Crocker, who specializes in the butterfly, has received five Olympic medals in his career. In addition to his accomplishments at the Olympics, Crocker was the first man to ever swim under 51 seconds in the 100-meter butterfly. Crocker improved his world record of 50.98 twice, down to a time of 50.40 set at the 2005 World Aquatics Championships in Montreal, before being bested by Michael Phelps in 2009.
At the 2000 Summer Olympics in Sydney, Crocker was a member of the gold medal-winning 400-meter medley relay team and barely missed winning a bronze in the 100-meter butterfly.
At the 2001 World Aquatics Championships, Crocker won a silver medal in the 100-meter butterfly, finishing behind Lars Frölander.
At the 2003 World Aquatics Championships, Crocker won a total of three medals, two golds and one silver medal. In his first event, the 50-meter butterfly, Crocker won a silver medal finishing behind Australian Matt Welsh, who set the world record. Crocker is best known in these Championships for his world record performance in the 100 m butterfly final. After the semi-finals of the 100-meter butterfly, it seemed Crocker was out of the gold medal position after Andrii Serdinov and Michael Phelps went under the former world record. However, in the final of the 100-meter butterfly, Crocker swam a 50.98 to become the first man under 51 seconds and win the gold medal. When Crocker saw the time after the race, he thought the world record belonged to Phelps. Crocker earned his final medal, a gold, in the 4×100-meter medley relay. The American team recorded a time of 3:31.54 to beat the former world record set in 2002.
At the 2004 Summer Olympics in Athens, Crocker received a bronze medal as a member of the 400-meter freestyle relay team, a silver medal in the 100-meter butterfly, and a gold medal as a member of the world-record setting 400-meter medley relay team. Of the three medals he won at the 2004 Olympics, he is best remembered for his silver, as teammate Michael Phelps overtook him at the very end of the 100-meter butterfly to win the race by 0.04 seconds. Traditionally, the Olympian who places highest in an individual event will be automatically given the corresponding leg of the 4×100-meter medley relay for the finals swim. This gave Phelps an automatic entry into finals for the medley relay but he deferred that spot to the world record-holder and swam the butterfly leg in preliminary heats instead. Crocker had swum a slow leg leading off the 4×100-meter freestyle relay final, which may have cost the Americans a better medal, so Phelps' gesture gave Crocker a chance to make amends in a final. Crocker and the American medley team went on to win the event in world record time. (Phelps still received a gold, since he had swum in the preliminary heat of the medley relay.)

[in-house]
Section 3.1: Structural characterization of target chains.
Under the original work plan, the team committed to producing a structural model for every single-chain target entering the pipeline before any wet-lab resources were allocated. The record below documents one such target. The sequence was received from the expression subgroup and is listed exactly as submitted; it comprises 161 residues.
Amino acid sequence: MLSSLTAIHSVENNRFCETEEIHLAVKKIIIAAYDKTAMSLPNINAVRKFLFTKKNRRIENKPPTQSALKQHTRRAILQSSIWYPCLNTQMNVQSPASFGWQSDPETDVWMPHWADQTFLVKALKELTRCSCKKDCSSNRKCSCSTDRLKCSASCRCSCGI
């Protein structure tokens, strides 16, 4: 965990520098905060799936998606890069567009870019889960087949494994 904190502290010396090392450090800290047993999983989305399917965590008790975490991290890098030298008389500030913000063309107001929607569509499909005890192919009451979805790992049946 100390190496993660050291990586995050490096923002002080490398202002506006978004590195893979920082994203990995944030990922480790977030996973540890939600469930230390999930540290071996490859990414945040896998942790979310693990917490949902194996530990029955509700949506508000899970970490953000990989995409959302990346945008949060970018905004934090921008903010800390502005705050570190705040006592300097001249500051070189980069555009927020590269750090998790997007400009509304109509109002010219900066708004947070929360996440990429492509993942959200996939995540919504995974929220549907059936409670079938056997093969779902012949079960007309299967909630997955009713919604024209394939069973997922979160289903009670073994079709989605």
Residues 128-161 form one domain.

At the 2005 World Aquatics Championships, Crocker won a total of three medals, two golds and one silver medal. In his first event, the 50 m butterfly, Crocker won a silver medal finishing behind South African Roland Schoeman, who set the world record. In the final of the 100 m butterfly, Crocker recorded a time of 50.40 to beat his own world record of 50.76 and win the gold medal. Crocker also handed Michael Phelps one of the worst losses in his career when Phelps finished over a second behind. With this win, Crocker was awarded a spot in the 4 × 100 m medley relay. Crocker did not disappoint and swam the butterfly leg in 50.39. The American team went on to win the gold medal.
At the 2007 World Aquatics Championships, Crocker won two silver medals. In the 50-meter butterfly, Crocker won a silver medal finishing behind Schoeman. In the 100 m butterfly final, Crocker finished second to Phelps 50.82 to 50.77. In the heats of the 4×100-meter medley relay, Crocker dove in too early on an exchange, causing the disqualification of the American team.
Crocker competed in the his third Olympics as a medal contender for his signature 100-meter butterfly. Many felt Crocker's career was on a slide due to a poor showing in the Olympic trials and having not broken the 51-second barrier in over 12 months. Crocker finished in a tie for third in the semi-finals, behind Australia's Andrew Lauterstein. In the finals, he finished fourth behind teammate Phelps, Milorad Čavić, and Lauterstein, beating Kenyan swimmer Jason Dunford. He missed the medal stand by one hundredth of a second. Despite not earning a medal in his signature event, Crocker was given the opportunity to swim for the 4×100-meter medley relay B team. To his disappointment, Crocker did not get to swim in the finals nor stand on the podium, however he earned a gold medal for his contribution in the heats.
In the third quarter of 2011, Ian Crocker returned to the USADA drug-testing pool. This fueled speculation that he might be considering a return to competitive swimming after more than three years away from the sport.
Crocker attended Cheverus High School in Portland, Maine.
Following the 2008 Beijing Olympic Games, he has taken a break and started a swim school with former Longhorn teammate Neil Walker.
He is now the assistant coach for a swim club in Austin, Texas, called the Western Hills Athletic Club(WHAC)